Sunday, August 02, 2009

Think beyond Build-A-BearVille (the Second Life for kids)

My daughter, Vania, loves to play Build-A-BearVille, the virtual world of Build-A-Bear Workshop, Inc. After watching her playing several times, I find that the game is truly addictive to kids (especially to the girls) as many adults have been addicted to Second Life.

I suppose all of the Thinking Space readers must have had more or less experiences on the online social networking communities. By contrast, there are indeed a few very interesting innovation in Build-A-BearVille that are worth of sharing and thinking. Build-A-BearVille demonstrates something beyond its domain.

1) Virtualize the real world into the virtual world, and monetize the connection between the two worlds

The most impressive service provided by the Build-A-BearVille is to build a stuff animal in the real Build-A-Bear workshop and it immediately becomes a living pet of yours in the virtual Build-A-BearVille world. More than that, after declaring the birth of the pet Build-A-BearVille automatically provides you a well-designed virtual condo that both of you and the pet may live happily ever after together in the virtual world. This is the primary business model of Build-A-BearVille. (And you can imagine, we build a bear for Vania because of this game.) But it means more than the bears.

What Build-A-BearVille suggests is indeed that there exists a bridge between the virtual world and the real world. Unlike Second Life which sells virtual lands or the traditional online shopping sites which sells only the real products, Build-A-BearVille monetizes the connection between the virtual world and the real world. That is, once we have a thing in the real world; we may also want it in the virtual world (and be more fancy since in the virtual world it can be given life that is impossible in the real world). In similar, once we have experienced a virtual product in the virtual world, we may want it in the real form in our real life as well. This connection between the real world and the virtual world could become an even greater market than simply the virtual world stuffs or purely the real world products.

Imagine it. In the future, whenever one buys a real thing, the thing automatically becomes part of his belongs in his virtual community. Whenever one tries to buy a real thing, however, she may first experience it with very cheap (or free) price in her virtual life until being satisfied.

Many times, we do not really want to have a very different second life in the virtual world, which is too much unrealistic. By contrast, what we often expect is to have an adjustable clone of our current real life. By this way the virtual life becomes an experimental bed of the real life in which we may try varied options that are too expensive to test in the real life. More importantly, by which we may test the consequence of many of our decisions before we truly make them real in the real world (which will be unchangeable).

2) Make vocabulary be controlled

Unlike the adult social networking sites, Build-A-BearVille does not allow "free" speech. By contrast, all the allowable sentences and phrases are pre-built. The users can choose the phrases they want to say by selecting instead of typing.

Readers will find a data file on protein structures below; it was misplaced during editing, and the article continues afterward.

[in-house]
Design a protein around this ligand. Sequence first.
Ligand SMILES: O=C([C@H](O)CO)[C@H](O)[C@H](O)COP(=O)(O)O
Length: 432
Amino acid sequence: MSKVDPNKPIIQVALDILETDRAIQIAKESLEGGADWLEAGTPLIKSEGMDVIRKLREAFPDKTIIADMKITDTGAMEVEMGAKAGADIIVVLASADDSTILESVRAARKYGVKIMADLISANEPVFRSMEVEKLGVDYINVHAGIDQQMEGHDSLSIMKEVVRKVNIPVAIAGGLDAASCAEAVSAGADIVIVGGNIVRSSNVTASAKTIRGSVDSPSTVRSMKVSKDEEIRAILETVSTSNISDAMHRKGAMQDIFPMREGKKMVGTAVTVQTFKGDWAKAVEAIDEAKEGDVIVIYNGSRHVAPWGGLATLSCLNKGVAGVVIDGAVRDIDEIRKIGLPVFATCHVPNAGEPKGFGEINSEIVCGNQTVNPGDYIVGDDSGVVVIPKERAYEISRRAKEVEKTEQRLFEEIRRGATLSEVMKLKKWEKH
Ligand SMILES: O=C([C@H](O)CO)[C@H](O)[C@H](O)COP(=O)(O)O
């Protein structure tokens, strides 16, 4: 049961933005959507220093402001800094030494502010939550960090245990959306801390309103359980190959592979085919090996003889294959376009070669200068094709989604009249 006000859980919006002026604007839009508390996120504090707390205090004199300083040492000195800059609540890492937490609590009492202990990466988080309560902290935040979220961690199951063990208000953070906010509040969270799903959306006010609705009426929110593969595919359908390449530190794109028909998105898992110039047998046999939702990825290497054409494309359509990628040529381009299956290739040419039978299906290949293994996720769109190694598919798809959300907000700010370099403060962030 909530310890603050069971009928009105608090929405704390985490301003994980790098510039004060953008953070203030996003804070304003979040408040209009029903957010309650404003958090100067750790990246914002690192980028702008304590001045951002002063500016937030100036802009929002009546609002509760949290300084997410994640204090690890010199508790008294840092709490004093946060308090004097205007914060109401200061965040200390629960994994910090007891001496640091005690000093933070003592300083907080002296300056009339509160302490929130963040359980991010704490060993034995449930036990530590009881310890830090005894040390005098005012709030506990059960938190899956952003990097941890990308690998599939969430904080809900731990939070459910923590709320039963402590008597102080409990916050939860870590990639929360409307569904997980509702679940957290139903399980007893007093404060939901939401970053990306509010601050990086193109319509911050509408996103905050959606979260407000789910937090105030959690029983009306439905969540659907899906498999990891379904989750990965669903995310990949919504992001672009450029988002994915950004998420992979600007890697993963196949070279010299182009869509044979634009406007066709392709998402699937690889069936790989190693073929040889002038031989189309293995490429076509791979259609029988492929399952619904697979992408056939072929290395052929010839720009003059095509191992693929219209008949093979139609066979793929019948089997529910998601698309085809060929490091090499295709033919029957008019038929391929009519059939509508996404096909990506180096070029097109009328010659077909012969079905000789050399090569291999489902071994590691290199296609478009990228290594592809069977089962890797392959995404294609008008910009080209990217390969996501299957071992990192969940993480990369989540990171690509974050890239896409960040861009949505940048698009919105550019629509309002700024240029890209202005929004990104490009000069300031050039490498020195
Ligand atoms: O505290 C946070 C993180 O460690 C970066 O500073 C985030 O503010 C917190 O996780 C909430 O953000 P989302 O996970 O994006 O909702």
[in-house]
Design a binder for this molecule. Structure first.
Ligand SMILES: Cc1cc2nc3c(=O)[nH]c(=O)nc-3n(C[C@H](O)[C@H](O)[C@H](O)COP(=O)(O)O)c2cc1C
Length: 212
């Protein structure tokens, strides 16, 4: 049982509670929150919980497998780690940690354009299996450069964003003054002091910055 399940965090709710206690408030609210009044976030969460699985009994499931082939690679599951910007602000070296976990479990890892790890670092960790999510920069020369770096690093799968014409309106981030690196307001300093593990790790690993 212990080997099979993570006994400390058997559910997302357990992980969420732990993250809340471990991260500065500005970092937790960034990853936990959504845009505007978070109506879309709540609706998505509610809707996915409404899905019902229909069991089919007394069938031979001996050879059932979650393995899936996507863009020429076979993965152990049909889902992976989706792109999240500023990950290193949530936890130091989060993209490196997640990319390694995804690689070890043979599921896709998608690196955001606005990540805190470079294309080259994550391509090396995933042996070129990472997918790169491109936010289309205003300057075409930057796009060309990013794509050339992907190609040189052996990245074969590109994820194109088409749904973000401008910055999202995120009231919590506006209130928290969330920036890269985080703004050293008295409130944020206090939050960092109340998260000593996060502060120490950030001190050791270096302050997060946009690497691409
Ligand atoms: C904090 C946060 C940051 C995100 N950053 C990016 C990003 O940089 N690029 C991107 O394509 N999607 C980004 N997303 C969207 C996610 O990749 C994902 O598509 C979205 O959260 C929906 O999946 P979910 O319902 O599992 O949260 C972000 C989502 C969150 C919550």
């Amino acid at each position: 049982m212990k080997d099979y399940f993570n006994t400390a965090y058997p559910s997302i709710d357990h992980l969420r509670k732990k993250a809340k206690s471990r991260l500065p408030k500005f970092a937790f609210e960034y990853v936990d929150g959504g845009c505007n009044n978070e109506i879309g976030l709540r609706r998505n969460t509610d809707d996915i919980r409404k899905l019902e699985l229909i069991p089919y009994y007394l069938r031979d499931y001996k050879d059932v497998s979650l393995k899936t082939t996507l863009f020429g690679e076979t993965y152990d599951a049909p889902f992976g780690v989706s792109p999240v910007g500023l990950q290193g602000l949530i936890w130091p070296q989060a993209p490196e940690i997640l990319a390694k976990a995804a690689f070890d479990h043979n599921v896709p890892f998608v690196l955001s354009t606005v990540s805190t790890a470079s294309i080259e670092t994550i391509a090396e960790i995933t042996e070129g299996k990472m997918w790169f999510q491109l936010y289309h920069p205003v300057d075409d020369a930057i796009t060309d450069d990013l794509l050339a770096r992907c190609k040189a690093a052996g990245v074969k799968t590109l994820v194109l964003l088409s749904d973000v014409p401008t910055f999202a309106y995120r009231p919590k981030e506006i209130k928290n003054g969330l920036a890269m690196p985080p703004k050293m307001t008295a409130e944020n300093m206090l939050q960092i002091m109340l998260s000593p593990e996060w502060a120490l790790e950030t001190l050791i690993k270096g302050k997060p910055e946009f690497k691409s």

The motivation of this design is obvious to the kid sites such as Build-A-BearVille. First, many of its users (the young kids) may not even be able to type, or at least to type correctly. Second, it ensures that the community is well guarded in good manner, only! Therefore, the parents become more willing to allow their kids playing the game.

My thought is, however, why not make the vocabulary in the adult social sites be controlled as well. And there are reasons.

First, controlled vocabulary brings more discipline. A social site (unless it is Facebook) needs to have a focus. To allow anything often leads to do nothing well, and then the users are getting bored. The controlled vocabulary will force the users to the theme of the site. Although it looks like that the users lose the freedom of speech, it increases the efficiency of getting the work done.

Do not try to hold the users indefinitely in your site by adding many meaningless fancy services. Remember that time to anybody is precious. So speed up the process. Let the users know what they can do/say and what they cannot do/say immediately without exploration. When a site does this, it keeps the right users to itself and establishes a strong and stable community.

Second, controlled vocabulary preserves virtue online. It helps building a great environment so that every user comes with happiness and leave with delightfulness. The users can be certain on what will NOT occur when coming to the site. This effect could be much greater than it seems.

Third but definitely not the least, controlled vocabulary enables strong support on user data mining and many other user data analysis services. With controlled vocabulary, it is much easier to build a network of the linked data. Therefore, the site is able to develop much better domain-specific services for the users that are very hard to be implemented without the restriction of controlled vocabulary.


Since our Web itself is in its childhood, we often learn more from the design of the sites for kids than from the sites for adults. The intelligence of the machines that the Web is upon is closer to the kids than to the adults. This is thus why I feel the beauty of Build-A-BearVille. Try it you may get more inspiration.


Allen said...

While people may have different views still good things should always be appreciated. Yours is a nice blog. Liked it!!!

Yihong Ding said...

thank you, Allen.

Yihong Ding said...


thank you and welcome to comment your ideas.